Changes of government in Rome always raise concerns among its allies about Italy’s positioning on foreign affairs and security matters. Recurring political crises have limited the role the country is able to play in the international arena. Even if pro-Europeanism and transatlanticism are a staple of Rome’s traditional foreign and defence policy, chronic internal instability tends to undermine its credibility and reliability in the eyes of both NATO and EU allies.
A recent political crisis in Italy led to a new government emerging, with former European Central Bank president Mario Draghi as prime minister. As ever, questions have arisen about what Italy will do next. In the days following his appointment, Draghi made clear that he wanted a pro-European cabinet with a transatlantic vocation. He brought Luigi di Maio and Lorenzo Guerini both back as foreign affairs and defence ministers respectively, a move that was intended to convey continuity and reassurance to allies and the broader international community.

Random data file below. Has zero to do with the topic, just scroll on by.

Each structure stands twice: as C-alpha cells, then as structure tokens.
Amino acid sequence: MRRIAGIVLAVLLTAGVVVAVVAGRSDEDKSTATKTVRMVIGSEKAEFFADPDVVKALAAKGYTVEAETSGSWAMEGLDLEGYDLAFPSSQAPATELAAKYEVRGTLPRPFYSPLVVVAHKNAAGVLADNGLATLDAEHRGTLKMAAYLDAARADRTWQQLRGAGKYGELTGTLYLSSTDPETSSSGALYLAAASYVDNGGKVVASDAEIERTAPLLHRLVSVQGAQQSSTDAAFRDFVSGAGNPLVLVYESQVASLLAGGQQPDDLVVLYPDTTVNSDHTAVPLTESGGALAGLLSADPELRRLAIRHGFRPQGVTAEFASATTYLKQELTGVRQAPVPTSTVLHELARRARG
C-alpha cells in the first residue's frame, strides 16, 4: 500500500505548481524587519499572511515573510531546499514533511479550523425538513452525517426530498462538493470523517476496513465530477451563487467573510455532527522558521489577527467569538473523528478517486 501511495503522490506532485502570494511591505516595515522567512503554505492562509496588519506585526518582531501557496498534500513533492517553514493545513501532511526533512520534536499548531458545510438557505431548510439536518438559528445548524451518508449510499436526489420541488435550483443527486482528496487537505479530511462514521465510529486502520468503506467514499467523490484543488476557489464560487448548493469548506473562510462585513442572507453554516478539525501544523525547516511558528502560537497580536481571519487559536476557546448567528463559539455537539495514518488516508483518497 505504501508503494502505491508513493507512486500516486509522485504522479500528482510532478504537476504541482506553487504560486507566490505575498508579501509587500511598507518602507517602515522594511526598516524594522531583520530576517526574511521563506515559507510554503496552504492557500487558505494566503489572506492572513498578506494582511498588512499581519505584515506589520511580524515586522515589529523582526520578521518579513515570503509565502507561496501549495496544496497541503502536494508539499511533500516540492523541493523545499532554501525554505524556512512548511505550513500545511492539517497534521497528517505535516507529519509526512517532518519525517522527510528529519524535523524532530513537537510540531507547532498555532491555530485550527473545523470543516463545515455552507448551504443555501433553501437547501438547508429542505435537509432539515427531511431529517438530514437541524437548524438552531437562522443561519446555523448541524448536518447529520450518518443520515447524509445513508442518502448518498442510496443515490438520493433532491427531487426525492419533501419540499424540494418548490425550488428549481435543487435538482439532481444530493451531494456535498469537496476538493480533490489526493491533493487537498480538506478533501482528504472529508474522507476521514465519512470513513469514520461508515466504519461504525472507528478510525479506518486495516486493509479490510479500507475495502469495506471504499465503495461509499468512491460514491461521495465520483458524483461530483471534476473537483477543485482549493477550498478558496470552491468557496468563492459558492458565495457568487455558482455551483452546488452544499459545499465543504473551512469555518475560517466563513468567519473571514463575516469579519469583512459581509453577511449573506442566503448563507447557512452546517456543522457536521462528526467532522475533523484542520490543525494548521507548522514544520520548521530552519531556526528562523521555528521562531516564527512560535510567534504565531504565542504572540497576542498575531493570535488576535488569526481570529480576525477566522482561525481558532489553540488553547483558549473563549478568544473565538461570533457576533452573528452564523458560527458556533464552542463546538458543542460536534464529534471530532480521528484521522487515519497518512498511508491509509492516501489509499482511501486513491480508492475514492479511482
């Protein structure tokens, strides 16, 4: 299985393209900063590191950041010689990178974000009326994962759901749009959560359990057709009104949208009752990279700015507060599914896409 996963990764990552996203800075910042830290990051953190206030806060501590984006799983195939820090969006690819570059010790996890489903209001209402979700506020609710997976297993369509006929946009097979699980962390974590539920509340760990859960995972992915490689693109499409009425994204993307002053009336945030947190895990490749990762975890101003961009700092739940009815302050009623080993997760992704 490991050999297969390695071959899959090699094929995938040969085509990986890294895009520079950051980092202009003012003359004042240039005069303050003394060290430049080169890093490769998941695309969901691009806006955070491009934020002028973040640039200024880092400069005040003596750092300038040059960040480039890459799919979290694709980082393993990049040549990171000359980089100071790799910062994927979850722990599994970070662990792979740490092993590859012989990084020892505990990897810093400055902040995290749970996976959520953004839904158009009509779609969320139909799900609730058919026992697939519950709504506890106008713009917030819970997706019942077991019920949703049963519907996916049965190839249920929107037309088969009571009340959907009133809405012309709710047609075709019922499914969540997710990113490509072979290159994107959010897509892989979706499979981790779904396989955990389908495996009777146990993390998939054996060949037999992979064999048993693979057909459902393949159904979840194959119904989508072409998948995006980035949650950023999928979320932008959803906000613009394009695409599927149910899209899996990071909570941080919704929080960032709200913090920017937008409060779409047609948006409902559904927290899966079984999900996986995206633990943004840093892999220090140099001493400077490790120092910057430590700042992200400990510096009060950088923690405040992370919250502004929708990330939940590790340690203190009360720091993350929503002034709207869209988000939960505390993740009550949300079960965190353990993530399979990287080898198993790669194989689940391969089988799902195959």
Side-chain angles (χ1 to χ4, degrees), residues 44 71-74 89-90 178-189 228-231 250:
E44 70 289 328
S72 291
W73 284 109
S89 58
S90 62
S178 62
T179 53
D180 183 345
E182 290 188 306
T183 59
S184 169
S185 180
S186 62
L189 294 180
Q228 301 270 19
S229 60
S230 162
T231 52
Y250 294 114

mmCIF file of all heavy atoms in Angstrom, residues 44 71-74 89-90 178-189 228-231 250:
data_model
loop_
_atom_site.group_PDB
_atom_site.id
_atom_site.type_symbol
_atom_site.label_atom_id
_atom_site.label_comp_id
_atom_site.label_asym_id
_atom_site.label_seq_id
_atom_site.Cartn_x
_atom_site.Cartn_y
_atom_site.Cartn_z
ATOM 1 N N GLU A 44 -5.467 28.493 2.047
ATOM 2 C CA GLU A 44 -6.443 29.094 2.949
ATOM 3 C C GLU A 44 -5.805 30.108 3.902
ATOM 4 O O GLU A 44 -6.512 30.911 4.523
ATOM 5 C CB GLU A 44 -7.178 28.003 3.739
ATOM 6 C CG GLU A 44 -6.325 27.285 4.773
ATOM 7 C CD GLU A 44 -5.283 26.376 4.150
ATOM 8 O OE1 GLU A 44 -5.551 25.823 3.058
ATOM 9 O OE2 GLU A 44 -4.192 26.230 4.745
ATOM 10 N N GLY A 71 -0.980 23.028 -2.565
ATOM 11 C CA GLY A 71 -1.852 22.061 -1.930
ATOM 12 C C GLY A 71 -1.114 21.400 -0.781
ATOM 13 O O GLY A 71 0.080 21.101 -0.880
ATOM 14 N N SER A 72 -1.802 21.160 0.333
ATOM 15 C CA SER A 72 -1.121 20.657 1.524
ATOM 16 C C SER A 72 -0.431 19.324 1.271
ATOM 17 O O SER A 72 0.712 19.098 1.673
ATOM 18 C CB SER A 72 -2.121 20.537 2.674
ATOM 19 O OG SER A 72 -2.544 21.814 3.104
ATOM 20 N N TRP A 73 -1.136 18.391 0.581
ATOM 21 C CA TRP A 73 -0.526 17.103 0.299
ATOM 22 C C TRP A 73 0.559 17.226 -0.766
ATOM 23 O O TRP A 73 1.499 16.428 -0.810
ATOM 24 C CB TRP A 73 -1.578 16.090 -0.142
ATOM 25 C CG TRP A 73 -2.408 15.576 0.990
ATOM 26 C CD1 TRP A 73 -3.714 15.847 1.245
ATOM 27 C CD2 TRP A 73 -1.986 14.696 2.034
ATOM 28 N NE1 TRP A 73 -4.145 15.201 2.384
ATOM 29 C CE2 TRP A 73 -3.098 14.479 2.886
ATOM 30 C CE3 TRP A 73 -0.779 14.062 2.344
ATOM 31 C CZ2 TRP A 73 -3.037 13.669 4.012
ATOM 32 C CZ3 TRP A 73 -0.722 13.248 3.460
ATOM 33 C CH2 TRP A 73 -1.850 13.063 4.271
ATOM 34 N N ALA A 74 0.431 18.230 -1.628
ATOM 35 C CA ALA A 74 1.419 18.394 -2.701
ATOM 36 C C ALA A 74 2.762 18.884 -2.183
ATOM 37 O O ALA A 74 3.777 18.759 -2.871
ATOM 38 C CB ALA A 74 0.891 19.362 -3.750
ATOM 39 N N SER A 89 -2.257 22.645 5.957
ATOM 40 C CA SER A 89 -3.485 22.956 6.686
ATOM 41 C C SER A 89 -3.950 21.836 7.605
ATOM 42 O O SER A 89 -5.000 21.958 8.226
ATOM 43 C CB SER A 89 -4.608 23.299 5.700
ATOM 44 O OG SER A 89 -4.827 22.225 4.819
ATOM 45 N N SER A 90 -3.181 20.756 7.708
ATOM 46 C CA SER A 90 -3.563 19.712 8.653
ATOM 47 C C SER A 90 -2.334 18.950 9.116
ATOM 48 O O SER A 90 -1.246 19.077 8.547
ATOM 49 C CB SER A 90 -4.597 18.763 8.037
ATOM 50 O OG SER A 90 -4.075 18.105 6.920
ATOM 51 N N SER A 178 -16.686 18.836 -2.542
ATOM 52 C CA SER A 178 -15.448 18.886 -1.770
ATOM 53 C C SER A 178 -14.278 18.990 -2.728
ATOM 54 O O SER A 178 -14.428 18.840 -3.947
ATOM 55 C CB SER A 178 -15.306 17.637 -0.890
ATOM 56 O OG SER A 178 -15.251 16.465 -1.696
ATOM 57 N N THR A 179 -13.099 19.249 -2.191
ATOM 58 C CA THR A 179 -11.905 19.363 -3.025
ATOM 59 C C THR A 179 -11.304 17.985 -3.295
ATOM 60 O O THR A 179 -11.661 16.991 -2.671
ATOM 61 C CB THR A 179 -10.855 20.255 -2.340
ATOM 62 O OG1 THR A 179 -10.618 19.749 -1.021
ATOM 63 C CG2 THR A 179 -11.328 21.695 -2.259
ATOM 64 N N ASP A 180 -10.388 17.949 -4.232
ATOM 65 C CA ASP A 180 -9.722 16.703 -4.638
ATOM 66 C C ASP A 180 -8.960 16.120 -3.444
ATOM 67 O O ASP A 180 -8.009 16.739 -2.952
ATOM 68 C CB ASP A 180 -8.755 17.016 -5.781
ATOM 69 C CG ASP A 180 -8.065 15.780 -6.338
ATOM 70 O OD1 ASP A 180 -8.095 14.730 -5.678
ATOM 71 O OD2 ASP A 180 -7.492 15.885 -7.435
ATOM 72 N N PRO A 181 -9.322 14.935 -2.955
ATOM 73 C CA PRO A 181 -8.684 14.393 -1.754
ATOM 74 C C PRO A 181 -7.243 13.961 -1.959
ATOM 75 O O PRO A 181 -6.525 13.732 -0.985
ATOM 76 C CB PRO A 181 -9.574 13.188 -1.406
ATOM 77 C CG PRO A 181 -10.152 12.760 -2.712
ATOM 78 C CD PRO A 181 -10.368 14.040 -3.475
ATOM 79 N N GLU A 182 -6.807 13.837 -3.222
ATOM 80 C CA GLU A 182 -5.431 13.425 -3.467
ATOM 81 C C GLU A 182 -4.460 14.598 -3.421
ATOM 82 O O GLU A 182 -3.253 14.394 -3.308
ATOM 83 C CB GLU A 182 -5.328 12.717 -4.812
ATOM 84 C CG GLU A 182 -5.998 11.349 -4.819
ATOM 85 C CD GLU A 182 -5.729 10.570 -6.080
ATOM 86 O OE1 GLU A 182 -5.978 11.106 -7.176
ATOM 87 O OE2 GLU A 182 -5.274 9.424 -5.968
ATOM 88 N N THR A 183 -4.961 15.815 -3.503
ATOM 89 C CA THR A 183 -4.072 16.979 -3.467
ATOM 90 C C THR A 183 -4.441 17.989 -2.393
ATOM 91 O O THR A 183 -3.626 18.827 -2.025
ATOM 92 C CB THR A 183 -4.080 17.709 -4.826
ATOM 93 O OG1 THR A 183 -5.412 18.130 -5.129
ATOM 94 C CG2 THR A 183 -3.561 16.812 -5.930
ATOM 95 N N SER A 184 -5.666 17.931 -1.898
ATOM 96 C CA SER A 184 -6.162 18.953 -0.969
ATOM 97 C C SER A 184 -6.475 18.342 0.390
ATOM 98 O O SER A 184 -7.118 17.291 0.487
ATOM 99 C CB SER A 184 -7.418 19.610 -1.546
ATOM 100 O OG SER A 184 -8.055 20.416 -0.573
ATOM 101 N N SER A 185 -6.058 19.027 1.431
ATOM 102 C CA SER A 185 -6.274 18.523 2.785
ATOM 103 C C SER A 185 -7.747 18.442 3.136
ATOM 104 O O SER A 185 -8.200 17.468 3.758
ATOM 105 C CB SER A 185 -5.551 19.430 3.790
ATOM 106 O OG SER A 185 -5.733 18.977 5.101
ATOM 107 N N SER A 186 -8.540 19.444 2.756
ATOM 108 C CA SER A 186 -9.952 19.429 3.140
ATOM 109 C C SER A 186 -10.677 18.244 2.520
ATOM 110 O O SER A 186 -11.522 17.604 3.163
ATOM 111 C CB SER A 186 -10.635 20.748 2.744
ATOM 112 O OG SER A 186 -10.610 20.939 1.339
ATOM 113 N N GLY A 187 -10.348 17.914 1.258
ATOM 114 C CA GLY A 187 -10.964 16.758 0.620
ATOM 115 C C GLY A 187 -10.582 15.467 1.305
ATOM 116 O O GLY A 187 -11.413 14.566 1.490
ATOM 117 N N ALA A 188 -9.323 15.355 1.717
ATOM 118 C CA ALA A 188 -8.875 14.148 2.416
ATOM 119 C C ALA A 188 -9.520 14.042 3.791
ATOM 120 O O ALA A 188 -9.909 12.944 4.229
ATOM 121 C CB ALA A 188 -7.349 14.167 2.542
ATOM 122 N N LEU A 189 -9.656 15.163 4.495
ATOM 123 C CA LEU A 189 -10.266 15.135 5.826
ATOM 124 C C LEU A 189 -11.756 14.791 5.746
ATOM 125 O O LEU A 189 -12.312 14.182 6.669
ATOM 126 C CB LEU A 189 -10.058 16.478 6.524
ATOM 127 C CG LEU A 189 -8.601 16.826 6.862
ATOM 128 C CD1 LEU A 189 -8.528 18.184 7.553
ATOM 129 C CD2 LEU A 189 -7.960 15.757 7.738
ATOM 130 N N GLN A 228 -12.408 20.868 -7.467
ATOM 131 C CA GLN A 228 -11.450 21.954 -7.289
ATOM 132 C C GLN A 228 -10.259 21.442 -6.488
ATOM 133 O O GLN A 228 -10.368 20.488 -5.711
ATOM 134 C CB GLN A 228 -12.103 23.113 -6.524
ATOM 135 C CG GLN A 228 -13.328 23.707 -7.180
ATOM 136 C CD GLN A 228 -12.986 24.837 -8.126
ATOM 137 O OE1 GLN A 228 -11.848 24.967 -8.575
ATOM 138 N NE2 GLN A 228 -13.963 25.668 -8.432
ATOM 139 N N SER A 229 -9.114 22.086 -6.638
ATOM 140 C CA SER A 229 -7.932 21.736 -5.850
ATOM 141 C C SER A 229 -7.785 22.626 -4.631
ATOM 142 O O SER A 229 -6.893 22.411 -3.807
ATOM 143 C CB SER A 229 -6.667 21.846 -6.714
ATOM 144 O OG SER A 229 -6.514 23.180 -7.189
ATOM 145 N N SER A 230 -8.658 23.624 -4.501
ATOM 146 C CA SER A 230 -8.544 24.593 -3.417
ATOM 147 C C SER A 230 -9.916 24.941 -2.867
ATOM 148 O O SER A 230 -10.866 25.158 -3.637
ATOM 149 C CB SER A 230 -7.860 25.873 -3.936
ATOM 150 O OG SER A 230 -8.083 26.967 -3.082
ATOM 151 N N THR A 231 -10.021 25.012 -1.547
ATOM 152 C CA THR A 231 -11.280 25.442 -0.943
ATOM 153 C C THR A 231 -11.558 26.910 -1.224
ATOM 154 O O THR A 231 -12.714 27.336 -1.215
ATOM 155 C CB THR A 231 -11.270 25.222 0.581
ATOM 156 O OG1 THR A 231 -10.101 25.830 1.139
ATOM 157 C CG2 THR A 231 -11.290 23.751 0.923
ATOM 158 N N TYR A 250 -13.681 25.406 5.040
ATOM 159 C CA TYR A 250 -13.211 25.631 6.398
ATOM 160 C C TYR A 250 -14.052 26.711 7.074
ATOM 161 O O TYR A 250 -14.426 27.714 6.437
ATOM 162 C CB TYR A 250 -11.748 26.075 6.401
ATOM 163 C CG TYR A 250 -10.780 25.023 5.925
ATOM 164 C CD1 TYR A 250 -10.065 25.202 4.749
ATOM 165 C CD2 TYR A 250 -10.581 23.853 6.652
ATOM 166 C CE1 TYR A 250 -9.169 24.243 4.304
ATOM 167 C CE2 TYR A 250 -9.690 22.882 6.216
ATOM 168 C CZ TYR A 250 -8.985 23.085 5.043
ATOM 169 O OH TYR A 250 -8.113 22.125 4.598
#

This is a moment in which the new American president and the European Union and its member states are considering what form European sovereignty should take – including what role the defence sector should play in this. The Biden administration appears relatively open to the EU building stronger European defence capabilities, even if the Italian public regards the new White House with some ambiguity, as a recent ECFR poll shows. Italy, as the third EU power in the defence-industrial sector, is cautious about the Franco-German partnership becoming unduly dominant.